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weingut heinrich // alexander heinrich // weingut am altenberg, obersulm sü,lzbach

in conversation with alexander heinrich (II)

what makes a wine a true heinrich?

i work completely without the addition of commercial yeast and allow my wine to ferment naturally, through the so-called “spontaneous fermentation” process. this is no new concept, but rather it was always done this way in earlier times, until in the 70's controlled fermentation, which uses specially cultured yeast, gained the upper hand.


how exactly does that work?

in the case of spontaneous fermentation you use the yeasts naturally occurring in the vineyard, the so-called environment yeasts. 'spontaneous' does not actually mean that the grapes ferment instantly and you don't have to do anything (he laughs). on the contrary: spontaneous fermentation lasts longer, the “wild yeasts” usually require a lot of time before they begin their work. therefore the fermentation process lasts at least three months, sometimes even six or eight months. my grandmother always used to say: “do not separate the child, or the wine, too soon from the mother, or the yeast.” you have to regularly use the microscope and thereby make sure that the correct yeasts are ready.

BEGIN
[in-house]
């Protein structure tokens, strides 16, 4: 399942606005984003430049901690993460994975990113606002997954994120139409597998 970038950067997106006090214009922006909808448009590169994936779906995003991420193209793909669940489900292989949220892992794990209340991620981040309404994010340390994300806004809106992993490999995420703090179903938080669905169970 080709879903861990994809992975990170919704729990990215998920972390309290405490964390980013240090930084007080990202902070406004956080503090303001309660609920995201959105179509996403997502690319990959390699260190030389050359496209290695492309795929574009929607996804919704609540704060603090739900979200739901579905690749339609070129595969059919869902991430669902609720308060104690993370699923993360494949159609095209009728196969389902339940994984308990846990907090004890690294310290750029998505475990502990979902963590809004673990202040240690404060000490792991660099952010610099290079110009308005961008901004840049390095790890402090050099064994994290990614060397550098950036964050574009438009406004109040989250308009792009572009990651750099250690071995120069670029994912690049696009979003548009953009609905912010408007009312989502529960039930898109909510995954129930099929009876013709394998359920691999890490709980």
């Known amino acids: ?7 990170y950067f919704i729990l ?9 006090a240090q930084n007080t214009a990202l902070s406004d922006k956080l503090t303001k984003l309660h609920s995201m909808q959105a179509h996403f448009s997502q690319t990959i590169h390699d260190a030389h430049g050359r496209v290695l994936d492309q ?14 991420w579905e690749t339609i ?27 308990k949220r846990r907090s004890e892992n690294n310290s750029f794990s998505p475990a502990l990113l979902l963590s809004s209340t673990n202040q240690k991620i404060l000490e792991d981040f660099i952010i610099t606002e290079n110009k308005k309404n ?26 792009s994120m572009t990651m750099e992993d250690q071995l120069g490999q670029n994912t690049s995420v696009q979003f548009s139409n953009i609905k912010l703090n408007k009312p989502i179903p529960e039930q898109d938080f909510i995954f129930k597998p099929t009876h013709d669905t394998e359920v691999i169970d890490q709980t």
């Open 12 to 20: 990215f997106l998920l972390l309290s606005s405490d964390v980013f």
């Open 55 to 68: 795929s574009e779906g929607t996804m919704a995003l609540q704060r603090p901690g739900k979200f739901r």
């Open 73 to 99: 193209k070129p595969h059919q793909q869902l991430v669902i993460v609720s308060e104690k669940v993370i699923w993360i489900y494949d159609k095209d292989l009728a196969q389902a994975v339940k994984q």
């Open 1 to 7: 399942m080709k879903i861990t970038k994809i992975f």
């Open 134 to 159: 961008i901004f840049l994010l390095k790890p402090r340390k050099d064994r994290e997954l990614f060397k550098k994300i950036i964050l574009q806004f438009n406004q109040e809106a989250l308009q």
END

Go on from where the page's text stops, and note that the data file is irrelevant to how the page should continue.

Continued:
because the fermentation process lasts several months, you get the new vintage significantly later. however, it is worth the effort, and the wait: the wines are usually better, at least as good as, and actually never worse than when you add yeast.


why then don't you make every wine this way?

as a wine producer you has less influence on the wine because you are giving nature more 'right to be heard'. this approach is much closer to nature: you allow the wine to take on its natural characteristics. with uniform yeast the wine producer can have more influence, he can achieve more “designing”, for example, more body or more fruitiness by the selective addition of particular yeasts. but that makes the wine reproducible and uniform.

do the naturally fermented wines taste different?

yes! they do not age so quickly and are fresher because the yeast keeps the wine young. it develops a pleasant creaminess – these wines are harmonious in the mouth and intensive in taste. i find that nature does her job well. by using environment yeasts you get wine with which you can taste the vintage and the origin, and which are more multilayered and varied.


what else do you do differently?

my goal is to have a vineyard that is close to nature; as far as possible without, or with very little, plant protection agents. therefore i follow with great interest the development of interspecific vines. these are vine varieties which are resistant to fungi and parasites. these were for a time very discredited, but in the meantime their cultivation has made gigantic steps forward: now some terrific varieties are waiting on the starting blocks. for me this is the organic type of wine cultivation. i have also already experimented with homeopathy for plants to try and strengthen the vines.

even though on the one hand i am open-minded and adventuresome, it is also important to me to maintain the other tried and tested methods, or to revert back to them. it is always worth taking a look back and refreshing the knowledge of our grandparents: they knew a great deal – but sadly much of this knowledge has been lost.

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